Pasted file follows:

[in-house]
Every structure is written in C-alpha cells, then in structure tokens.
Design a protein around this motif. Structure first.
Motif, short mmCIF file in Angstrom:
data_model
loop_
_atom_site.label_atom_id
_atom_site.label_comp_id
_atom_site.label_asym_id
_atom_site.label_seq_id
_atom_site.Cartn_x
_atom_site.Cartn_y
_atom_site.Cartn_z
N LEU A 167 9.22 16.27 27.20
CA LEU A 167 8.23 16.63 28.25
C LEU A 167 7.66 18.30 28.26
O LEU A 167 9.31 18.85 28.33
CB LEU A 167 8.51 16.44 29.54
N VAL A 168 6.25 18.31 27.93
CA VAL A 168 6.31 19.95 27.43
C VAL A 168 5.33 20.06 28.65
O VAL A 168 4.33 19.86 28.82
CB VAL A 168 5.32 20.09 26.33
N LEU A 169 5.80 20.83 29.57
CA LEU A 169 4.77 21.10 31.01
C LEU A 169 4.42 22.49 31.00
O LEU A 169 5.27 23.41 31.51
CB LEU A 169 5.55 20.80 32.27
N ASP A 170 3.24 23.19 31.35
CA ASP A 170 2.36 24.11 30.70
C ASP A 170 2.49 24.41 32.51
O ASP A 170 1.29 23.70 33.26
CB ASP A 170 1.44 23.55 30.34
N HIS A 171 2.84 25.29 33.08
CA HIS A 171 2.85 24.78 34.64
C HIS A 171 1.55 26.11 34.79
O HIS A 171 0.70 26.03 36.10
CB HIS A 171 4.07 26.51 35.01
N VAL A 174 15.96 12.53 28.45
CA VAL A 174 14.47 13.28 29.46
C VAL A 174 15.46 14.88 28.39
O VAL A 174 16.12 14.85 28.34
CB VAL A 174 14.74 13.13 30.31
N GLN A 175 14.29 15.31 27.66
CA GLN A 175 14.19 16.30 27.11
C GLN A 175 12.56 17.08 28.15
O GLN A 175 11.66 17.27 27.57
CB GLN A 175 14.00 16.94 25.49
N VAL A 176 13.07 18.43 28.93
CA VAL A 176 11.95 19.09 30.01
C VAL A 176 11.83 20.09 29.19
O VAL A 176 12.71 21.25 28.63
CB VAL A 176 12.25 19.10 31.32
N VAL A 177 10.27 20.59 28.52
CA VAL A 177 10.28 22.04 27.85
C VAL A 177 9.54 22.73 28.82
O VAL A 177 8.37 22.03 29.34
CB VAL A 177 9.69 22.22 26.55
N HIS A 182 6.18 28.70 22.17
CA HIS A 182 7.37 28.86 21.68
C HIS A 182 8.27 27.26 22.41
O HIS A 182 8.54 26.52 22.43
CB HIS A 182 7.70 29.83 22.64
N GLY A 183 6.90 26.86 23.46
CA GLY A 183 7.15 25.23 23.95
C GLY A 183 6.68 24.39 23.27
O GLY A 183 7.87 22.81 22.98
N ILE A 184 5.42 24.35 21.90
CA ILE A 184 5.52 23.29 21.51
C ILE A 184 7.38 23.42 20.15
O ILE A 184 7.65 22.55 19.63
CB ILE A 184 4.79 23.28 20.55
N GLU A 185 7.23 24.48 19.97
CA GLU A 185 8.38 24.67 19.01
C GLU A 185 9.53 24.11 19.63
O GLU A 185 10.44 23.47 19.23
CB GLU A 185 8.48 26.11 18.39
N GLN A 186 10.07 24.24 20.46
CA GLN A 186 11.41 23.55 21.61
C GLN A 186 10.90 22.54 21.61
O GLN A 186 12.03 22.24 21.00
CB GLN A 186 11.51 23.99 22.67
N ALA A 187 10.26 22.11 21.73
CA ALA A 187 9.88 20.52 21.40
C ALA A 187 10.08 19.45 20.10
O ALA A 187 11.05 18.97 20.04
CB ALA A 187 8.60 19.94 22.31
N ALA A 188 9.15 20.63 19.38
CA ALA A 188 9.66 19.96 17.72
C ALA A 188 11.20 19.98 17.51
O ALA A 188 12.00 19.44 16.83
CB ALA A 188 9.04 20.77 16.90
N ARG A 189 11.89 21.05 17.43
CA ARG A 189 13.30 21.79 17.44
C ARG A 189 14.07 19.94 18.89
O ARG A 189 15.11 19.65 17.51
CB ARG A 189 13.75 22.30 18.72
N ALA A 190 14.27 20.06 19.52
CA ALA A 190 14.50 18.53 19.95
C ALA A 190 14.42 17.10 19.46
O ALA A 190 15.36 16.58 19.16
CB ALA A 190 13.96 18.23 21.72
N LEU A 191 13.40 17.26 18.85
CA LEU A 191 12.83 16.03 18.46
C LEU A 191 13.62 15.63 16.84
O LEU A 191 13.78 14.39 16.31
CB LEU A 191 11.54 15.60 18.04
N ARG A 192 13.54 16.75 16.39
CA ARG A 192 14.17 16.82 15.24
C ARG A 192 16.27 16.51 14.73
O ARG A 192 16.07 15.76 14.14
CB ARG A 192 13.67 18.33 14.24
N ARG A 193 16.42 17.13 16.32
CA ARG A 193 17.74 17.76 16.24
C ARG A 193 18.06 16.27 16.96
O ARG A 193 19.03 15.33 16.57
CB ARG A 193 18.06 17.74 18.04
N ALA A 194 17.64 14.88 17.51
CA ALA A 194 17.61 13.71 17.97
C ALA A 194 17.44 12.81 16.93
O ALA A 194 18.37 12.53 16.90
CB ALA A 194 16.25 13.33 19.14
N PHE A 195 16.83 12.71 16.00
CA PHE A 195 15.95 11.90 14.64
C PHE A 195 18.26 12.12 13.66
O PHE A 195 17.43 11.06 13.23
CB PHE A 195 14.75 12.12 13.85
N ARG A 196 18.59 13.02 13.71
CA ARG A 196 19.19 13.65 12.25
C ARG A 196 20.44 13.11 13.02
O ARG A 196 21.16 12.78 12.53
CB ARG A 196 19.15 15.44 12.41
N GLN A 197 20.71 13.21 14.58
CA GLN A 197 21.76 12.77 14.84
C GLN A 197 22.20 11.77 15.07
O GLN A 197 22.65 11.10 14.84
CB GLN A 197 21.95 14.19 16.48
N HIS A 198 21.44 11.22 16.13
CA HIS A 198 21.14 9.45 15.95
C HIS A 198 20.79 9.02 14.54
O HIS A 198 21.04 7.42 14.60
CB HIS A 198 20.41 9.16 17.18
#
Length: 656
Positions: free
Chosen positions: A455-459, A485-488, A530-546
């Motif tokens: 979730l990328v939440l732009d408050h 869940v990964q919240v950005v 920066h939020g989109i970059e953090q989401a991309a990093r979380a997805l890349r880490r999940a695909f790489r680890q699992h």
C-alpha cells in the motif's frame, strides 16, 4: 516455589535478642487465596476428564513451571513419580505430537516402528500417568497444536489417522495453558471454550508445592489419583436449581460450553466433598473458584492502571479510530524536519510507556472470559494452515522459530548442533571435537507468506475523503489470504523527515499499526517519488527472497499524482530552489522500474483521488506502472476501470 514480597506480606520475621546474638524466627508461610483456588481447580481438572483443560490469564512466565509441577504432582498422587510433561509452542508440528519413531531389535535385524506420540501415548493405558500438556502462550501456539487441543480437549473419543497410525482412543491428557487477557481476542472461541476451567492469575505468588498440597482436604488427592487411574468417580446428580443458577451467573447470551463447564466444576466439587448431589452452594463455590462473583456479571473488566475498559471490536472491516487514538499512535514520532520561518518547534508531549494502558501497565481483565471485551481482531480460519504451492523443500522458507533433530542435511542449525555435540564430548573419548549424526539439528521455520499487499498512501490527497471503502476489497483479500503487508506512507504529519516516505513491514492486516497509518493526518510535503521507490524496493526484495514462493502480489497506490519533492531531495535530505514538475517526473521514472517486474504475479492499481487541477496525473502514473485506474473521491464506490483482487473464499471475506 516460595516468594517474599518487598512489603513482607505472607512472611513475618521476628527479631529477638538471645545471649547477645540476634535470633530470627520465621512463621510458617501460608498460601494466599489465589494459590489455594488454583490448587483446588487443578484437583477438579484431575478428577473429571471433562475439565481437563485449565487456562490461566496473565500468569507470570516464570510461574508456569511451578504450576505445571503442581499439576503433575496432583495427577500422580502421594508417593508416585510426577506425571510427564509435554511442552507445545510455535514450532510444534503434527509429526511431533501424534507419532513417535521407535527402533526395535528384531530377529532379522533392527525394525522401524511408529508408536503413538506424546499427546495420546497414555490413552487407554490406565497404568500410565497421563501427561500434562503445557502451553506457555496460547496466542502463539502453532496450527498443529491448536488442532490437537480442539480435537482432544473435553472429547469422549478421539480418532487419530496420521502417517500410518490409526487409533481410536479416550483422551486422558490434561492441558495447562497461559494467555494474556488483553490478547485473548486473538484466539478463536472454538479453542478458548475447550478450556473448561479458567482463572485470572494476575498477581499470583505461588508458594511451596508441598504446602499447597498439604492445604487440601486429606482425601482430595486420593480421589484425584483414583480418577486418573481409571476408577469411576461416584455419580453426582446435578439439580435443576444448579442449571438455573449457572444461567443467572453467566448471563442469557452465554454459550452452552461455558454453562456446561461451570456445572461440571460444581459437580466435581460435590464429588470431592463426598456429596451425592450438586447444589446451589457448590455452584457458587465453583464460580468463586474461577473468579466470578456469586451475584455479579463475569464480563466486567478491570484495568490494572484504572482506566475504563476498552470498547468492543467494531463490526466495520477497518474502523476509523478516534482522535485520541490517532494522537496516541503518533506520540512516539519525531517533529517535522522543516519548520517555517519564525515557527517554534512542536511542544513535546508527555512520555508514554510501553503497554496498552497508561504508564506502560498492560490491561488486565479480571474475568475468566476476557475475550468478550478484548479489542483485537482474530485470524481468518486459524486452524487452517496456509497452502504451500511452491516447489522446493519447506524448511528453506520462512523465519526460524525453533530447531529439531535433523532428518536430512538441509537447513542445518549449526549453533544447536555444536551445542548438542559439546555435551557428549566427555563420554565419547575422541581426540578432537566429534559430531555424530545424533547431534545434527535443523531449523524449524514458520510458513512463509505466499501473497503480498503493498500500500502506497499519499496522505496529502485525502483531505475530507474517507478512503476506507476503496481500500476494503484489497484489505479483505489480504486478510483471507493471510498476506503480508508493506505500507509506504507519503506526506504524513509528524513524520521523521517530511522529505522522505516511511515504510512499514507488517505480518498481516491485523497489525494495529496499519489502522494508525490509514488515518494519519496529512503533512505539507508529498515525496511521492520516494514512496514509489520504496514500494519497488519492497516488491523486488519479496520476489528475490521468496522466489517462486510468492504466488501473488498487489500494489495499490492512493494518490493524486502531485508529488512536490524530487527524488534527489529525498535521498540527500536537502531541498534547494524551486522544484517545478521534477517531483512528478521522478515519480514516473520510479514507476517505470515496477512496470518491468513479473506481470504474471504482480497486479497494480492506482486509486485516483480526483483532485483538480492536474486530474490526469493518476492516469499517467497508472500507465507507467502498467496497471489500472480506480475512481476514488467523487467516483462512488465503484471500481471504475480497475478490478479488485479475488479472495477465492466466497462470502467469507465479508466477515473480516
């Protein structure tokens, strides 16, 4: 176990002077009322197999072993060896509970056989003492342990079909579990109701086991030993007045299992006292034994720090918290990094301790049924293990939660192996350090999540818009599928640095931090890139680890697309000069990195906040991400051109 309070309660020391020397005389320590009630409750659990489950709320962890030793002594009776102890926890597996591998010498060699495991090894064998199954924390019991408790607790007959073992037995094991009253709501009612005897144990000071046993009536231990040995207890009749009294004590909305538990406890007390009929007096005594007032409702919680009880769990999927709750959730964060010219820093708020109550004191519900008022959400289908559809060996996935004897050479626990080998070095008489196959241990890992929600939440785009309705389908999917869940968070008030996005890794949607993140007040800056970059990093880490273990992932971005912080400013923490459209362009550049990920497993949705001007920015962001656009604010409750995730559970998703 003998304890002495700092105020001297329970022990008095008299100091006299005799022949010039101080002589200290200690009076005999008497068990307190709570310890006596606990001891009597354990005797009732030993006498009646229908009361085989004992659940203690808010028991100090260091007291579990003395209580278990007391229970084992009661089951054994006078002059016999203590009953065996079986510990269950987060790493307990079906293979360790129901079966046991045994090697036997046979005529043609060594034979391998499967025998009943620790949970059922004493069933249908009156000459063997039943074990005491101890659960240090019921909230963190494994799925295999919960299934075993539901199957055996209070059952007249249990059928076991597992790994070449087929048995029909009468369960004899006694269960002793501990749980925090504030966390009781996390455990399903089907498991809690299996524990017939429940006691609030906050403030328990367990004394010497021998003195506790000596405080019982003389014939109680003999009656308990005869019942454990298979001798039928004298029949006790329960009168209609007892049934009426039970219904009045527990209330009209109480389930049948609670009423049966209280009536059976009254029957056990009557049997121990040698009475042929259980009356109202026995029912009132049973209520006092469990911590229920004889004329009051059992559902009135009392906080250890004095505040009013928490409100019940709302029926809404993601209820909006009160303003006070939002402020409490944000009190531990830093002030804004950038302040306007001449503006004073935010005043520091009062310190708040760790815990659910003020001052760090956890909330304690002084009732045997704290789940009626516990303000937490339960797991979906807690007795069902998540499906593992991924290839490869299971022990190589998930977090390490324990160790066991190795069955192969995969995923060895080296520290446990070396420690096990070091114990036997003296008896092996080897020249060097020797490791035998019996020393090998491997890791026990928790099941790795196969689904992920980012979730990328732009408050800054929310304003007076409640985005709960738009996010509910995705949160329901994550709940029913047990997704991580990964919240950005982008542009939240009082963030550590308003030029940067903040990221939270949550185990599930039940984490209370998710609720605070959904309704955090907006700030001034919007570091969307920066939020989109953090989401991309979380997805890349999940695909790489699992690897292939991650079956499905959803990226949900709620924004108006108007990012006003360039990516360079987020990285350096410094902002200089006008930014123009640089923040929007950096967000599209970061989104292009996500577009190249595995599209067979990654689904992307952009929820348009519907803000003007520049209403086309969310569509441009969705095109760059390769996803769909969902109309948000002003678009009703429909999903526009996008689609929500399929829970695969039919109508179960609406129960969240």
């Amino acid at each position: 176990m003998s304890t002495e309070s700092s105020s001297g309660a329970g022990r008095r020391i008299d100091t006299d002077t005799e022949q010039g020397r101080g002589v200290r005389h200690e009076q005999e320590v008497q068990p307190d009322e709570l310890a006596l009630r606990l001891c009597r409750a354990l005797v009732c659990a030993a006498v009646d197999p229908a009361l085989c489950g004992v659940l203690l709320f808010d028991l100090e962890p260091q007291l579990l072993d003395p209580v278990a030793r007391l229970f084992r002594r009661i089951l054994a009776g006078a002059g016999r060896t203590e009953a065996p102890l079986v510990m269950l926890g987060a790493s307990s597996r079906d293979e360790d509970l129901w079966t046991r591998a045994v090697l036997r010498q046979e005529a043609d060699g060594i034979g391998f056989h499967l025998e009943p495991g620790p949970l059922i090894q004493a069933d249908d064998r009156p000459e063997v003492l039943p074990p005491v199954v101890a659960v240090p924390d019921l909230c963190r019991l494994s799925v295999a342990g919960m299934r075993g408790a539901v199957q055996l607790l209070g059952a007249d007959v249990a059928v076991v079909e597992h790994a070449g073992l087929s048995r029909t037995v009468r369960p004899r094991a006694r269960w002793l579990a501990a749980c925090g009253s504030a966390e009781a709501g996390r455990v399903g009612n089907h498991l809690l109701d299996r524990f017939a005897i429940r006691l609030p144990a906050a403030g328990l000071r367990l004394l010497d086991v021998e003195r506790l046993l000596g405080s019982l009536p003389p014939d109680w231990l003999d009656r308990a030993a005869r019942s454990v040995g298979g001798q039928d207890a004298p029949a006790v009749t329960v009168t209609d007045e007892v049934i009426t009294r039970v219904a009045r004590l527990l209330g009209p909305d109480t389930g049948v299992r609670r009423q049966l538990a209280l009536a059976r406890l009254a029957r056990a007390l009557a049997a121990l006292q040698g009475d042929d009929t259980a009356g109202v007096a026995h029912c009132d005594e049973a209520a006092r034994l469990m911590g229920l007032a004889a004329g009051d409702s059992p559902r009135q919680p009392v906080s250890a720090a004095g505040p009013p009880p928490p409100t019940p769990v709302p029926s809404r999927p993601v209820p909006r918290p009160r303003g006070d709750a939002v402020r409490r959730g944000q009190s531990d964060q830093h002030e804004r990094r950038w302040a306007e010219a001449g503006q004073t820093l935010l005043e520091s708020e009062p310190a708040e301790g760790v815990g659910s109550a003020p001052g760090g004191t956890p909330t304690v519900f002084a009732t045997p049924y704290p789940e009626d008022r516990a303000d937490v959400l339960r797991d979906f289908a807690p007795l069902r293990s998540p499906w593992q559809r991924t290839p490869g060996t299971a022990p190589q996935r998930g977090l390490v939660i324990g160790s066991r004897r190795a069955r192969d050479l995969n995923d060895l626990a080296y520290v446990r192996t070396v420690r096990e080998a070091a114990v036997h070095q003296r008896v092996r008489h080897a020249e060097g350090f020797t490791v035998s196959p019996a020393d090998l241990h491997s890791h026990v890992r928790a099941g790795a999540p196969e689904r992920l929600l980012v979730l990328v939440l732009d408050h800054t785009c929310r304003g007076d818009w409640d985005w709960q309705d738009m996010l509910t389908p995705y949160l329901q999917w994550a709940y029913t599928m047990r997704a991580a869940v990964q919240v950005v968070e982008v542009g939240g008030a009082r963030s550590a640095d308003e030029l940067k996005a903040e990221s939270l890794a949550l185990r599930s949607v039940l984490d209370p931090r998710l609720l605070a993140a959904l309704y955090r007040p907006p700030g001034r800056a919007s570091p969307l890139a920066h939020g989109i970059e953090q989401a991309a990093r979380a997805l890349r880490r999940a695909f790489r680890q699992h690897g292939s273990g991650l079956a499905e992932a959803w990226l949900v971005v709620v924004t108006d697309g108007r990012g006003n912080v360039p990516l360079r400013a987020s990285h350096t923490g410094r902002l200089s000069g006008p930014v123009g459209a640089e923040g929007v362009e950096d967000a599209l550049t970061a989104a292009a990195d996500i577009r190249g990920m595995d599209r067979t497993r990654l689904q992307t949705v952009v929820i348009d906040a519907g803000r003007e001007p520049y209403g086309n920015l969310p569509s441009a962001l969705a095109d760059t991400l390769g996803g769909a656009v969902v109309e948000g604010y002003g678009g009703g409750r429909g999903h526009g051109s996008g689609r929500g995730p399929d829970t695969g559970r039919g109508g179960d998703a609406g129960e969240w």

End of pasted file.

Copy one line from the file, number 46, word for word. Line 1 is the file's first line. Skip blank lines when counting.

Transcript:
C GLN A 175 12.56 17.08 28.15